• Turning briefly now to FIG. 5, a diagrammatical view is provided of the operation of the solar energy control system 32 showing the operation of the various reflectors in directing solar radiation where needed within the orbiting power plant of FIG. 1. That radiation provides heat needed to create steam to effectively drive an electrical energy generator. The paths of both direct and reflected solar radiation are shown.
  • FIG. 6 is a diagram similar to FIG. 4 but with a partial cross-sectional view showing a hull turbine 112 and an expansion chamber 114 that forms part of the Rankine-type engine. The expansion chamber has a steam outlet port 116 in this embodiment, to which a steam tube will be connected for conducting the steam to the cooling system, as described below. The water feed lines to the boiler are not shown.
  • FIG. 7 shows the fuselage 64 hull 65 seen in FIGS. 1, 2, and 3 that houses the electrical energy generator, turbines, and cooling jackets. The manifold 108, turbines' housing 112 and expansion chamber 114 are shown. The figure also shows outlet ports 116 formed in the fuselage outer jacket or hull for permitting passage of the working fluid in gas form from the turbines to the cooling system. These ports 116 may also be used, by means of proper connection to respective jackets, for the passage of a refrigerant that is used to cool the generator.
  • FIG. 8 shows part of the electrical energy generator 120 including rotating magnets 122 forming a part of the rotor 124, seals 126 and 128 at each end, and a pair of co-located turbines 130 and 132 at the right side, each of which has a plurality of angled blades. The inner turbine 130 is fixedly mounted to the rotor shaft 118 so that turning the turbine 130 causes rotation of the shaft 118 and magnets 122. The outer turbine 132 is fixedly attached to the hull of the orbiting power plant so that turning the outer turbine causes rotation of the hull, reflectors, cooling system, boiler, and other components. The blades of the outer turbine have an opposite angle, in this embodiment, to the blades of the generator turbine. Thus, applying steam to both turbines through the manifold 108 of FIG. 6 will cause the generator turbine to rotate in a first direction and the hull turbine to counter-rotate in the opposite and second direction. The amount of steam applied to the hull turbine can be controlled in one embodiment to achieve only as much counter-rotation of the hull as necessary to overcome a tendency of the hull to rotate with the generator rotor and to achieve the pseudo-gravity environment in the hull 65. In another embodiment however, the amount of steam applied to the hull turbine is sufficient to cause it, and the hull, to rotate in the opposite direction to the generator rotor.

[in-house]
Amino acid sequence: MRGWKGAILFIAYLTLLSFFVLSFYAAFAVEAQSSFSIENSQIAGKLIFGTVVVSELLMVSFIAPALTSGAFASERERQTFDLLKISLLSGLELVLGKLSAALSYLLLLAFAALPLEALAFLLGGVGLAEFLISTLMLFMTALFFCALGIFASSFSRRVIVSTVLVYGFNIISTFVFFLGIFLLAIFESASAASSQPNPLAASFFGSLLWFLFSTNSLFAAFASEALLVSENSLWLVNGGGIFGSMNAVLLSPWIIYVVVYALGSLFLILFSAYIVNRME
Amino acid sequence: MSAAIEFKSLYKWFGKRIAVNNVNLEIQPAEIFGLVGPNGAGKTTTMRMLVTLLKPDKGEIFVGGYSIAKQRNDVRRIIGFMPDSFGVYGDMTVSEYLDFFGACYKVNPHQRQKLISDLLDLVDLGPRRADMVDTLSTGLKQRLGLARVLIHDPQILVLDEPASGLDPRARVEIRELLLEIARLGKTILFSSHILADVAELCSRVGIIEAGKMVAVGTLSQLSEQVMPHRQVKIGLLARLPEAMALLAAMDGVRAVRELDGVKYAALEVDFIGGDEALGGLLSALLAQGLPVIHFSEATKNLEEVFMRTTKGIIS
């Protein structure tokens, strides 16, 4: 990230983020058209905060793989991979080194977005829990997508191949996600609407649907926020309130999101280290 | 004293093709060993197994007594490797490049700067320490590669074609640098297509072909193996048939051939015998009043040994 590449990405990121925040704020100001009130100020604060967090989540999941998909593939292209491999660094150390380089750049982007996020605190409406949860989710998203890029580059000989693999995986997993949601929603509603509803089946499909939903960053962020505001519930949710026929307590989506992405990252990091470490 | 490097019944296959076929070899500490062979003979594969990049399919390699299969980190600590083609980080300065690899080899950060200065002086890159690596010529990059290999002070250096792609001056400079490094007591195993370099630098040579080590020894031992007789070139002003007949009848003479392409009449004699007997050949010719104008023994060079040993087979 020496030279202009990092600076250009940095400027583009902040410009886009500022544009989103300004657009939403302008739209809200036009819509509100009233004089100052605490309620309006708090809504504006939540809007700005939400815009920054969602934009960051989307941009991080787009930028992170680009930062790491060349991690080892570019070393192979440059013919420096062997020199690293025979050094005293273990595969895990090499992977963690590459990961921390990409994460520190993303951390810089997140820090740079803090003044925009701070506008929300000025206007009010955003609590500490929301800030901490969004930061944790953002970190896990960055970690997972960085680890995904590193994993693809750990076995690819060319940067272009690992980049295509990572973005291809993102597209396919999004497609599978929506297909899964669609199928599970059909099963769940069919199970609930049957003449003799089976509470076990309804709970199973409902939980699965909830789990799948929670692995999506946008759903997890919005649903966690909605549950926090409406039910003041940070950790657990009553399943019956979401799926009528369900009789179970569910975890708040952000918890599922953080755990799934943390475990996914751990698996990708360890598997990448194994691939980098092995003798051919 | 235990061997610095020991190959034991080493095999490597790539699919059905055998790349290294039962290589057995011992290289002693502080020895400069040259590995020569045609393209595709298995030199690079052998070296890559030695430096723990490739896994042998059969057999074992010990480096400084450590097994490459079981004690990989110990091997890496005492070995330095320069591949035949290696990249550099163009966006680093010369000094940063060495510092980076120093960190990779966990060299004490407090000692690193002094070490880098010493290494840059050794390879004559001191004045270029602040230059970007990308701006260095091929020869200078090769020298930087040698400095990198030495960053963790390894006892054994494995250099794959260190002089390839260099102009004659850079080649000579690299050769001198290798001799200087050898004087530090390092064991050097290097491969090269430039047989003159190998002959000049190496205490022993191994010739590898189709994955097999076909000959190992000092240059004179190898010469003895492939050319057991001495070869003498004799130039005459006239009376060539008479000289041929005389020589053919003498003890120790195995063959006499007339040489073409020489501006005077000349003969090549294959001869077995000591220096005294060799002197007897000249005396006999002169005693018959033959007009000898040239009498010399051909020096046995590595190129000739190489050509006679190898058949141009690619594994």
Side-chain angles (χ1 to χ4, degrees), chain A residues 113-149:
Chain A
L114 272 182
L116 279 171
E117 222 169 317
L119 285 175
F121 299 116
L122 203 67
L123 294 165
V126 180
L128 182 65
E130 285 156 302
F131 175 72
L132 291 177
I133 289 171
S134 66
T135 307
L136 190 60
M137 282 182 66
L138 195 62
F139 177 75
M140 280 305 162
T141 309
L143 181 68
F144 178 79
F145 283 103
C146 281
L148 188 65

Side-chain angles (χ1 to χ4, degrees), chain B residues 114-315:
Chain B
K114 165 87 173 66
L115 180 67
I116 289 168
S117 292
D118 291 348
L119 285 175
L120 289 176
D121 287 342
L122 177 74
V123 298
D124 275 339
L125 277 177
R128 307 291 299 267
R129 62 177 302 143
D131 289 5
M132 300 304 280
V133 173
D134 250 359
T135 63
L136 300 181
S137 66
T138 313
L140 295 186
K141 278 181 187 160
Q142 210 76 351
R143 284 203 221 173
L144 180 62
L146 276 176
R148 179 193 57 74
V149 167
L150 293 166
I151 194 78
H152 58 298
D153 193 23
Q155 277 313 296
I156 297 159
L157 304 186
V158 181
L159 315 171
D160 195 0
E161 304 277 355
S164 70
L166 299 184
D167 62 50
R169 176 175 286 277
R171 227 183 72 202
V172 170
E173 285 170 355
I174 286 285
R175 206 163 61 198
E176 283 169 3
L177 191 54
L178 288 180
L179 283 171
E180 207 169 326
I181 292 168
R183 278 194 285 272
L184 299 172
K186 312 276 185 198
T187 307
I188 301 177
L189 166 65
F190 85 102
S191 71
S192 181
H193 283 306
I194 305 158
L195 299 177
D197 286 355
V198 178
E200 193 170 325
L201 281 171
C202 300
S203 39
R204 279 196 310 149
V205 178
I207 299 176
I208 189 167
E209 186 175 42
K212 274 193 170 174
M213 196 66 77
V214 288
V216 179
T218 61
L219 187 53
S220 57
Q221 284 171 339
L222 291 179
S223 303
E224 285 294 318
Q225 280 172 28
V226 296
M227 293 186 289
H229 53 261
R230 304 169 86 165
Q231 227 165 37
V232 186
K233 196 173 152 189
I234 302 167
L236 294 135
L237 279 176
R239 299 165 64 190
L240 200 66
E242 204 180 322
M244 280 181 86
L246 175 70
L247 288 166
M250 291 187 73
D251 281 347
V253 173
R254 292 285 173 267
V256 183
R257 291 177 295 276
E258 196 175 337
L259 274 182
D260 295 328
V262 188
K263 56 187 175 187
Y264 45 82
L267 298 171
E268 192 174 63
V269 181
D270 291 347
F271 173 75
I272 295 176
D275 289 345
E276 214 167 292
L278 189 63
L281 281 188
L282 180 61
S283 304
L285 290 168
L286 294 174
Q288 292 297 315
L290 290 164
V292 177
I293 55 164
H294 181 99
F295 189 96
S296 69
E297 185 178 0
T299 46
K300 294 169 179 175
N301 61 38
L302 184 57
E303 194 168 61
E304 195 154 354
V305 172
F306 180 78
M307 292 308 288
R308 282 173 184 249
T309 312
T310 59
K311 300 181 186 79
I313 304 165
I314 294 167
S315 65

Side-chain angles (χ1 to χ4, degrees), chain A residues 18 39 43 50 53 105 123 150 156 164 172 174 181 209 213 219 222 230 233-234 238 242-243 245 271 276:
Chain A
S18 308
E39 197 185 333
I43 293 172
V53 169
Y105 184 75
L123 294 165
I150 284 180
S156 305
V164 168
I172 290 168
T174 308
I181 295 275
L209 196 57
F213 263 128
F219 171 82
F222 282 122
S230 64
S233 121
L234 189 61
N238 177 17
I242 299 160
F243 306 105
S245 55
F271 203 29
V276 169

• FIG. 9 is an exploded view of the turbines 130 and 132 of FIG. 8 showing the inner or generator turbine 130 for causing rotation of the generator rotor 124 with magnets 122 as shown in FIG. 8, having the expansion chamber 114 directly behind the generator turbine for channeling the steam away from the generator once it has applied rotational force to the turbine. The hull turbine 132 provides rotational force to the hull of which the generator coils form a part. The same expansion chamber 114 is also located behind the hull turbine 132 (since the turbines are co-located in this embodiment) for channeling the steam away from the hull turbine once it has applied turning force to the turbine thus, although shown as two expansion chambers, there is only one (114). Although not shown, in detail, the generator turbine fits inside the hull turbine and they are separated from each other by a wall 115. The manifold 108 (not shown) may contain shaped cowls or barriers or hull wall components or sleeves, also referred to as separator cones 110 in FIG. 10 a, that are attached to the hull and separate the steam going to each turbine. The separator cones can also act as guides to direct the steam onto the turbine blades by use of internal flutes.
  • FIGS. 10 a and 10 b are views of the electrical energy generator 120 showing the rotor 124 having magnets 122 and the generator driver turbine 130, and also showing, in FIG. 10 a and partially shown in FIG. 10 b, the outer coils 140 that encase and surround the rotor 124. FIG. 10 a shows seals at either end of the coils while in FIG. 10 b, the front bearing has been removed for clarity in seeing the magnets. The generator turbine is fixedly connected to the magnets on the shaft 118. Although not shown in either figure, the coils 140 are attached for rotation with the hull 65 and the rotor 124 rotates in the opposite direction for the generation of electrical energy.